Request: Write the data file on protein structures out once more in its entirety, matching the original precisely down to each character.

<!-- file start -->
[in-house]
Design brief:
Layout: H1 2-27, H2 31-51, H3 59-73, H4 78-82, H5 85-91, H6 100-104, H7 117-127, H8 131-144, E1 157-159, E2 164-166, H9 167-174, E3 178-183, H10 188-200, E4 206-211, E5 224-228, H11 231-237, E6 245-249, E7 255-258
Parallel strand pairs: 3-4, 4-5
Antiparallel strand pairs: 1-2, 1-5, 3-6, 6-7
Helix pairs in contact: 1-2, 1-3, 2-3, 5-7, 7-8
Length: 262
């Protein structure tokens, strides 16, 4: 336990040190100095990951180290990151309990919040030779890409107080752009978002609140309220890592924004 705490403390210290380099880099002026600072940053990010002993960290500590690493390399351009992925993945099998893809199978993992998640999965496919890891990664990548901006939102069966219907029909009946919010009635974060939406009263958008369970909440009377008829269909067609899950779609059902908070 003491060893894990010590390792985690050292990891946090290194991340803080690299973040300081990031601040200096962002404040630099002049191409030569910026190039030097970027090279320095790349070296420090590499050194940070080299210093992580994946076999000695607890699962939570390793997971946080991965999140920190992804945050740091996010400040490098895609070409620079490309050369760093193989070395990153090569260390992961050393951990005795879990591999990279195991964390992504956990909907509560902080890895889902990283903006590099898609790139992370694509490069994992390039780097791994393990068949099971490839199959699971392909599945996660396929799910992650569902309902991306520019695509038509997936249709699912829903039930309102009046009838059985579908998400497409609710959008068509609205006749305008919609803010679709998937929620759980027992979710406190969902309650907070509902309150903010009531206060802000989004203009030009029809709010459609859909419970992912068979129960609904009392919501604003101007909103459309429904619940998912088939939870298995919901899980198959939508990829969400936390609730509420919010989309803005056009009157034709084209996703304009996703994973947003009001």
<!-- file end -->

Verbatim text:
[in-house]
Design brief:
Layout: H1 2-27, H2 31-51, H3 59-73, H4 78-82, H5 85-91, H6 100-104, H7 117-127, H8 131-144, E1 157-159, E2 164-166, H9 167-174, E3 178-183, H10 188-200, E4 206-211, E5 224-228, H11 231-237, E6 245-249, E7 255-258
Parallel strand pairs: 3-4, 4-5
Antiparallel strand pairs: 1-2, 1-5, 3-6, 6-7
Helix pairs in contact: 1-2, 1-3, 2-3, 5-7, 7-8
Length: 262
């Protein structure tokens, strides 16, 4: 336990040190100095990951180290990151309990919040030779890409107080752009978002609140309220890592924004 705490403390210290380099880099002026600072940053990010002993960290500590690493390399351009992925993945099998893809199978993992998640999965496919890891990664990548901006939102069966219907029909009946919010009635974060939406009263958008369970909440009377008829269909067609899950779609059902908070 003491060893894990010590390792985690050292990891946090290194991340803080690299973040300081990031601040200096962002404040630099002049191409030569910026190039030097970027090279320095790349070296420090590499050194940070080299210093992580994946076999000695607890699962939570390793997971946080991965999140920190992804945050740091996010400040490098895609070409620079490309050369760093193989070395990153090569260390992961050393951990005795879990591999990279195991964390992504956990909907509560902080890895889902990283903006590099898609790139992370694509490069994992390039780097791994393990068949099971490839199959699971392909599945996660396929799910992650569902309902991306520019695509038509997936249709699912829903039930309102009046009838059985579908998400497409609710959008068509609205006749305008919609803010679709998937929620759980027992979710406190969902309650907070509902309150903010009531206060802000989004203009030009029809709010459609859909419970992912068979129960609904009392919501604003101007909103459309429904619940998912088939939870298995919901899980198959939508990829969400936390609730509420919010989309803005056009009157034709084209996703304009996703994973947003009001």